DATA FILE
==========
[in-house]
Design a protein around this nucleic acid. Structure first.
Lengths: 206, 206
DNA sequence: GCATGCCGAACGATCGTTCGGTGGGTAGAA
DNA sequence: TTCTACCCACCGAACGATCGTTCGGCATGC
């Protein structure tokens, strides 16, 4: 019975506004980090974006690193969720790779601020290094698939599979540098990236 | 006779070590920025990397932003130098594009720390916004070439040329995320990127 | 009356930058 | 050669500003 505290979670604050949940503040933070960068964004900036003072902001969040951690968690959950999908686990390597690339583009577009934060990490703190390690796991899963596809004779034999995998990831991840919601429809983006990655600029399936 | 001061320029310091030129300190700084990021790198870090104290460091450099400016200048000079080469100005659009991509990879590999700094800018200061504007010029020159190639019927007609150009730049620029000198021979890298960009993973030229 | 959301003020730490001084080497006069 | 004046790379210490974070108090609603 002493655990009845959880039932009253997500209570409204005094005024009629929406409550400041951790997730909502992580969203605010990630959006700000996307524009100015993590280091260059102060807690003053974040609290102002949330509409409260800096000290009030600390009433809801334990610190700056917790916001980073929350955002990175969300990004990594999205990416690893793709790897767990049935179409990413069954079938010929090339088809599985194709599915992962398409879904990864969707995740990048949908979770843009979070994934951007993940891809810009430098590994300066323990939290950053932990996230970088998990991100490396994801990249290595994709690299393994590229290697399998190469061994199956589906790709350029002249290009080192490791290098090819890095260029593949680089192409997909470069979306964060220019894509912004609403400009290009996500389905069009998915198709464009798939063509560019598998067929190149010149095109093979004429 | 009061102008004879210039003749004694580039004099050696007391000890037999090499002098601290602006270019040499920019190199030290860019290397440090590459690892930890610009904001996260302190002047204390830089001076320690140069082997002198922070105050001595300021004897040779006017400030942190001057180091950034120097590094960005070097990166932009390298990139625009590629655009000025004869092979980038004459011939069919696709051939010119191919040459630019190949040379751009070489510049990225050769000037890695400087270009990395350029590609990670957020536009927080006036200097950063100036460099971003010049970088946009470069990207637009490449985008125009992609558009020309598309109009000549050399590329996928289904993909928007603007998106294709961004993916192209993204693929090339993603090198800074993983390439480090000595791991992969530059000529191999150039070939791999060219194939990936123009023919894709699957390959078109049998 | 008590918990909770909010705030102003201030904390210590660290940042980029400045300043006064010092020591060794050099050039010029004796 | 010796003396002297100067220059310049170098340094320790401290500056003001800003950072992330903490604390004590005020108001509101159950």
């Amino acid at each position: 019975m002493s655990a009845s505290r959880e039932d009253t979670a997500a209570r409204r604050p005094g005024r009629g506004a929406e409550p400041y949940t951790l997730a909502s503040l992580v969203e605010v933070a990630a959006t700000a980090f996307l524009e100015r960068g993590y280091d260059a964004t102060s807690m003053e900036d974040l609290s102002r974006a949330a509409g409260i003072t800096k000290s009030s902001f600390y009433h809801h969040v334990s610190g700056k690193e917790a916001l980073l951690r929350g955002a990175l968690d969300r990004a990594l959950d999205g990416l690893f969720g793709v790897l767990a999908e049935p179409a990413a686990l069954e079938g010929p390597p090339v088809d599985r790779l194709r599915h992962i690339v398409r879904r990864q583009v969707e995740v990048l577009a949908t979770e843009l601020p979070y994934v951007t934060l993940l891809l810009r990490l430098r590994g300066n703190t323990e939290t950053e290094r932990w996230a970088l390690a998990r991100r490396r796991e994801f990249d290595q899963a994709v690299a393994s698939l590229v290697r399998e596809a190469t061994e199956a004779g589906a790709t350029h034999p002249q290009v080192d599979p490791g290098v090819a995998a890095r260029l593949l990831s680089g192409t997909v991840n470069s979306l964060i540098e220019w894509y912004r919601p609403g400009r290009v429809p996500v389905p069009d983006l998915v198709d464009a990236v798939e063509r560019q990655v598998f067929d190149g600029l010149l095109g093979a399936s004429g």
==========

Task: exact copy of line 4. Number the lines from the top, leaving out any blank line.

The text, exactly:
DNA sequence: GCATGCCGAACGATCGTTCGGTGGGTAGAA